Effective sales conversations are an integral component of the sales process, from lead generation to closing deals. However, for many sales professionals and entrepreneurs, initiating and leading a successful sales conversation can be challenging.

Are you struggling to engage potential buyers and persuade them to make a purchase? If so, you're not alone. Many sales reps and sales teams struggle. This piece aims to equip you with practical guidance to enhance your skills in conducting successful sales conversations.

From defining a sales conversation to sharing key strategies and techniques, we've curated content to improve your sales skills and help you streamline the sales process.

What is a sales conversation?

At its core, a sales conversation is a two-way dialogue between a sales professional and a prospective customer. The objective is to build rapport and trust with the prospect, understand their needs and wants, and ultimately persuade them to take action and purchase.

To conduct successful sales conversations, you'll need to know the sales process inside and out and understand sales negotiation techniques and the psychology of persuasion.

By getting good at these skills, salespeople can make it easier to move through the sales process. The best way to improve sales conversation skills is to practice. But for those new to sales conversations or looking to level up, there are many training programs and resources available.

How to start and lead a good sales conversation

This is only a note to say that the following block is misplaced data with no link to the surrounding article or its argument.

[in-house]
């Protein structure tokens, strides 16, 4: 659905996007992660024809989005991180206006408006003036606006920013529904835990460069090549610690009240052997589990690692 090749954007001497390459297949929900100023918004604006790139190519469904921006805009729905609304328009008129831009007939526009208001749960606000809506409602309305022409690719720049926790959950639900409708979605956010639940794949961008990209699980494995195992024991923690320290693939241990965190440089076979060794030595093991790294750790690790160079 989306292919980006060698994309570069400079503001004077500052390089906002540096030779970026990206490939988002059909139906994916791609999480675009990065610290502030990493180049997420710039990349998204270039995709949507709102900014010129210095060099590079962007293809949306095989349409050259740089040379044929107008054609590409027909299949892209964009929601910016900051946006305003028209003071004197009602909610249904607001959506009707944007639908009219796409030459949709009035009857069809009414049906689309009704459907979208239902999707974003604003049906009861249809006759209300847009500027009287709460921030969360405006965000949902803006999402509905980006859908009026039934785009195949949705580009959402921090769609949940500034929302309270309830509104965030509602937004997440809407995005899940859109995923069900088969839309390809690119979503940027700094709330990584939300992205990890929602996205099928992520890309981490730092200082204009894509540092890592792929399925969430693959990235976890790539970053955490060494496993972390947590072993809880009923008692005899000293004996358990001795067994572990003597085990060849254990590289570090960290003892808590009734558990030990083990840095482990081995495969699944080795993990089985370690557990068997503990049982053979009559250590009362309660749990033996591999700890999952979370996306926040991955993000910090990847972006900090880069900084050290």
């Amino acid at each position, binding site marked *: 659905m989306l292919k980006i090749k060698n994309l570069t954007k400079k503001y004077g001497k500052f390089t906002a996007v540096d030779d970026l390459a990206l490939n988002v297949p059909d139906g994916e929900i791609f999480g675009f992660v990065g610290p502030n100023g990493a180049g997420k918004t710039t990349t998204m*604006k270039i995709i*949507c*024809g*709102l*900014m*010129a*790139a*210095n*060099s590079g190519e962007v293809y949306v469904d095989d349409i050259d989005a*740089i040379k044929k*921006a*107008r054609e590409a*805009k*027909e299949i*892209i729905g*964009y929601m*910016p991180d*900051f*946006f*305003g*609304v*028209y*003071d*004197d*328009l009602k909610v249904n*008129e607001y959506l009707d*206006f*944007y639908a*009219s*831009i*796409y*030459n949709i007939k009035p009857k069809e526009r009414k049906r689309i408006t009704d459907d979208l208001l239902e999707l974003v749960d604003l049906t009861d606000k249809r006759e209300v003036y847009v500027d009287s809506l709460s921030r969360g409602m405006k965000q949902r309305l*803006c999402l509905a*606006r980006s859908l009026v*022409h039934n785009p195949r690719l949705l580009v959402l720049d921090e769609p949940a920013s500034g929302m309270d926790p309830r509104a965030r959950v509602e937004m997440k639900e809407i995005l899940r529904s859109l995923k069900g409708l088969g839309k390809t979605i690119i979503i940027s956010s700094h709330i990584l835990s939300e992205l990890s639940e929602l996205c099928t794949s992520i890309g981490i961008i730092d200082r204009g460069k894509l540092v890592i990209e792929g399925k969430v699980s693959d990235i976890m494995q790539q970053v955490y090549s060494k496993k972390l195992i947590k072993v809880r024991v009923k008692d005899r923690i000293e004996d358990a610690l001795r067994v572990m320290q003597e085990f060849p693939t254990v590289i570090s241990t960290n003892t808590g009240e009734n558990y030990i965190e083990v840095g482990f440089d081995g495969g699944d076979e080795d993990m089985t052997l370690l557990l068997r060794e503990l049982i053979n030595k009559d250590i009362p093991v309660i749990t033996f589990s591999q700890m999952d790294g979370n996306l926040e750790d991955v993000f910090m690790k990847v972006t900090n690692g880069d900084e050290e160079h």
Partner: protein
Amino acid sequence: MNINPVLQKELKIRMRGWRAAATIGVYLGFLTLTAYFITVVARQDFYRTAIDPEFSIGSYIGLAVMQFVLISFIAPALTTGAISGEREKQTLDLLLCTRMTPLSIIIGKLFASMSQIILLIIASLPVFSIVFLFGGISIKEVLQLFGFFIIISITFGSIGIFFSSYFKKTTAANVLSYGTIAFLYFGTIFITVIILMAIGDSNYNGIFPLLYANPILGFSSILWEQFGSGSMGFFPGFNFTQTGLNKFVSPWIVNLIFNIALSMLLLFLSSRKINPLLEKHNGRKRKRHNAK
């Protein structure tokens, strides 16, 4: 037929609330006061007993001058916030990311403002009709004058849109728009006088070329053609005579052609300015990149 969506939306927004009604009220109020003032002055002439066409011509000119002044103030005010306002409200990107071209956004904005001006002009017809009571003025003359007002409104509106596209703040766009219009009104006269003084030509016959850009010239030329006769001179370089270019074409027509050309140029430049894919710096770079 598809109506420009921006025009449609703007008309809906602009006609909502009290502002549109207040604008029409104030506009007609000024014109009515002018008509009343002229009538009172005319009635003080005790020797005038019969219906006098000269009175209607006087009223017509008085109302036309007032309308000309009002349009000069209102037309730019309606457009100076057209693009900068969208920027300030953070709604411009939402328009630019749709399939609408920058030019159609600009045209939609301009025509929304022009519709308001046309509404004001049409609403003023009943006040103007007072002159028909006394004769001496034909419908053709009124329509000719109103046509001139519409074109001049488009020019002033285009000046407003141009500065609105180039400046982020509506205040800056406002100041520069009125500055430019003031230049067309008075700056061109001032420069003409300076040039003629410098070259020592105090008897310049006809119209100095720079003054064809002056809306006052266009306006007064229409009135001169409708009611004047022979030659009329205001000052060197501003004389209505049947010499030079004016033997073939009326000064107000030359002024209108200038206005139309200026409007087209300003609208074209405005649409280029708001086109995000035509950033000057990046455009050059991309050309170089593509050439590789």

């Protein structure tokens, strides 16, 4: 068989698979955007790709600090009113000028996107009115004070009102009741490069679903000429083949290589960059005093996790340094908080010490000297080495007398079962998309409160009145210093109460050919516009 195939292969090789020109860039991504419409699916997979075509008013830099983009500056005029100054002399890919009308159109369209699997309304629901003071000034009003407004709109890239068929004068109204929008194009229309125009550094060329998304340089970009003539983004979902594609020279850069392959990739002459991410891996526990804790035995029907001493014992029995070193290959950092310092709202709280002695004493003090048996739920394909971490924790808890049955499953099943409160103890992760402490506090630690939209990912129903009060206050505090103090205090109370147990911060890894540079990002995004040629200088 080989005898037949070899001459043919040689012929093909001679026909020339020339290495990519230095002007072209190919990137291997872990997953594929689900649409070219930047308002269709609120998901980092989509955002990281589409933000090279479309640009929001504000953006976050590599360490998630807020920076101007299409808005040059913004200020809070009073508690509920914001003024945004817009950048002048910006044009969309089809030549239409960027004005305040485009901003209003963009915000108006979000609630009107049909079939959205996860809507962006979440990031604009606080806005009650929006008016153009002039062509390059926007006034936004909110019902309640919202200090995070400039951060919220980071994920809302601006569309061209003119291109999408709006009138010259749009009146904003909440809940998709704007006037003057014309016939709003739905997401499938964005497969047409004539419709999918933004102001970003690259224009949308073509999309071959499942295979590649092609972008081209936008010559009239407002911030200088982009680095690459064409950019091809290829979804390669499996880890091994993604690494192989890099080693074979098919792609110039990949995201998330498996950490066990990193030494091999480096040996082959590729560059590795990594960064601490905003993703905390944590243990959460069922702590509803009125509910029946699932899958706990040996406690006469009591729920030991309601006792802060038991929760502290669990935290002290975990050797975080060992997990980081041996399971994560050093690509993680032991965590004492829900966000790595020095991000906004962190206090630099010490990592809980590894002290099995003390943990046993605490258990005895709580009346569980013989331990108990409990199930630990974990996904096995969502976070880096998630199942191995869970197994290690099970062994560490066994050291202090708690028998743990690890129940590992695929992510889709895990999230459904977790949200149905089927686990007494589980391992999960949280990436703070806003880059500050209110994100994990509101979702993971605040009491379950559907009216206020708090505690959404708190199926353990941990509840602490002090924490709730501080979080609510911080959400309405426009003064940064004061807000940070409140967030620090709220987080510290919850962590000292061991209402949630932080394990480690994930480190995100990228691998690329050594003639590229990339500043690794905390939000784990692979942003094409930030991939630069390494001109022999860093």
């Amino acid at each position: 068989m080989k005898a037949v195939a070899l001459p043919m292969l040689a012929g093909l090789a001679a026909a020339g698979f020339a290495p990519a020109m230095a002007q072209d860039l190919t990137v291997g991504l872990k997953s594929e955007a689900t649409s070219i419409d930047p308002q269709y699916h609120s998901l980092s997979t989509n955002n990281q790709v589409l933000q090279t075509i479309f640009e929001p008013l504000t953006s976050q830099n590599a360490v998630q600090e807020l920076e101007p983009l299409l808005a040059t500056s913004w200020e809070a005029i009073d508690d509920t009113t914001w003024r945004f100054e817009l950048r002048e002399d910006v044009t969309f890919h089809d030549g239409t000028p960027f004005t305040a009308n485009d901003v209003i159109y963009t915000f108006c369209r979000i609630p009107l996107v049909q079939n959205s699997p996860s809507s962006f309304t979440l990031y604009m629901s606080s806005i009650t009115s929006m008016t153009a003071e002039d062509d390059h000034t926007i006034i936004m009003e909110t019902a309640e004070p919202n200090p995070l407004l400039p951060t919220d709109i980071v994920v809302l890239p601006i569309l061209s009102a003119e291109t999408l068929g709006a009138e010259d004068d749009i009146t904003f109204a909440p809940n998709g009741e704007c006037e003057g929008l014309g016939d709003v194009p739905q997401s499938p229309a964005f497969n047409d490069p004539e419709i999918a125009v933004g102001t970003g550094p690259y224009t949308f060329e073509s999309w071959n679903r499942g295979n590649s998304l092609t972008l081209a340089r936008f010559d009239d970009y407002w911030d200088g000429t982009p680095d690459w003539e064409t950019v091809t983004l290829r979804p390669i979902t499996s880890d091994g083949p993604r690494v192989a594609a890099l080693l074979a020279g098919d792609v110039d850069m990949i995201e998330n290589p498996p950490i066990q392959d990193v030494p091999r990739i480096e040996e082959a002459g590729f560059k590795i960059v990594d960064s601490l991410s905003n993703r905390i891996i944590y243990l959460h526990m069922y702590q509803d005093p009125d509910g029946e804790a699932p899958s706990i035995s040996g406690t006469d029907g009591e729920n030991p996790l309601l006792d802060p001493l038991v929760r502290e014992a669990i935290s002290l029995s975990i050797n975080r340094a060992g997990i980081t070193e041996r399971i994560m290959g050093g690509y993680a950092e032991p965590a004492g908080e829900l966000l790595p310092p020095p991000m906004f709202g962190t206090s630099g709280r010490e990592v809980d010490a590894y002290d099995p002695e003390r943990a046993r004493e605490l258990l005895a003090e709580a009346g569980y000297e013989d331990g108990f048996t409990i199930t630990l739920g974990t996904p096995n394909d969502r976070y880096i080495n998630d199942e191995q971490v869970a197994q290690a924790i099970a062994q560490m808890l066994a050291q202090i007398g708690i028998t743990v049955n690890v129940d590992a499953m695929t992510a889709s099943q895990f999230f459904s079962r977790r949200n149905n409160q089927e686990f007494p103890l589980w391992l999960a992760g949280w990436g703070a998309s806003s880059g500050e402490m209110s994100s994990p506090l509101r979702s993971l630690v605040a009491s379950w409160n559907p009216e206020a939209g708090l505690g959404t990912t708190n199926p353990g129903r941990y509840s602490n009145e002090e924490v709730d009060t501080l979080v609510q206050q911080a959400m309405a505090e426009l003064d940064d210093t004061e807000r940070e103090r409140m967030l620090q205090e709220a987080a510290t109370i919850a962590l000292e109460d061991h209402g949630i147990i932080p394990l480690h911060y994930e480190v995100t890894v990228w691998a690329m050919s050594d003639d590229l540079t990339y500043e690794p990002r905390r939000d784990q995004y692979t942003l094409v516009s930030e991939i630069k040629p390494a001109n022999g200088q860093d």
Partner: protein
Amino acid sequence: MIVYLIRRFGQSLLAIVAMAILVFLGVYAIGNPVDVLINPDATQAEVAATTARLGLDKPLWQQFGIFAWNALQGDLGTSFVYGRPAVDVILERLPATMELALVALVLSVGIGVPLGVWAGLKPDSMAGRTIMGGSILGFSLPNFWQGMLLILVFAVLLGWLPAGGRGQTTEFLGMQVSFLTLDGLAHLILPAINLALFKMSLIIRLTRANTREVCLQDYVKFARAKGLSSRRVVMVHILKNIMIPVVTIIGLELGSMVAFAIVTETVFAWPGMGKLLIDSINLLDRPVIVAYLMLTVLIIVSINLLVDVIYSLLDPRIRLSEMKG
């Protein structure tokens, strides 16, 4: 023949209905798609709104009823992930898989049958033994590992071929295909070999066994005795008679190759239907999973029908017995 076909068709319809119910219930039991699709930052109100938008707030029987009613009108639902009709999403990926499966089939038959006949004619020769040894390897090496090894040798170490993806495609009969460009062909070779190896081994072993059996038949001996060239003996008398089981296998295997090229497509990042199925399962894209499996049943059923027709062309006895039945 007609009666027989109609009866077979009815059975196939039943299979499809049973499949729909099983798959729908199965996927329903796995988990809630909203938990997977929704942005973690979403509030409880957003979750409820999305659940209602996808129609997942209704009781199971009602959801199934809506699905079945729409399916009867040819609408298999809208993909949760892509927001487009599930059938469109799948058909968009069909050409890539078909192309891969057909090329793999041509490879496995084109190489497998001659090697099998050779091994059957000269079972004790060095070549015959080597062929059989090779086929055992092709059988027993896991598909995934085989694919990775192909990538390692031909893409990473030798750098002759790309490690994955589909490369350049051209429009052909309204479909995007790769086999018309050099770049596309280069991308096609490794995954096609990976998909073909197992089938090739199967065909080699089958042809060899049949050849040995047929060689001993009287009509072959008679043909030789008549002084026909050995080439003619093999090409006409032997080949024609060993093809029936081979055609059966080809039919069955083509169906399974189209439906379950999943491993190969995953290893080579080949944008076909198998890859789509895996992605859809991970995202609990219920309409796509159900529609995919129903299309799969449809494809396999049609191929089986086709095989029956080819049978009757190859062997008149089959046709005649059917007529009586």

Successful sales conversations require a delicate balance of skills and know-how. You can achieve remarkable results by adopting the right approach, honing your communication skills, and empathizing with your customers. This section provides practical steps for establishing meaningful connections with customers by confidently starting and navigating sales discussions.

Besides the valuable guidance provided here, we recommend watching a highly informative YouTube video by Qwilr. The video provides you with expert insights into how to initiate conversations with potential customers, enhancing your sales skills and propelling your success to new heights.

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1. Research and prepare

When having a sales conversation, you never want to go in unprepared. It's critical that you do some research before meeting with a prospective customer. You should know a little bit about them and their business. This includes understanding their industry, pain points, and potential objections.

The internet and social media can provide a wealth of information. Look at the company page and people on LinkedIn and the company websites to gather information and prepare.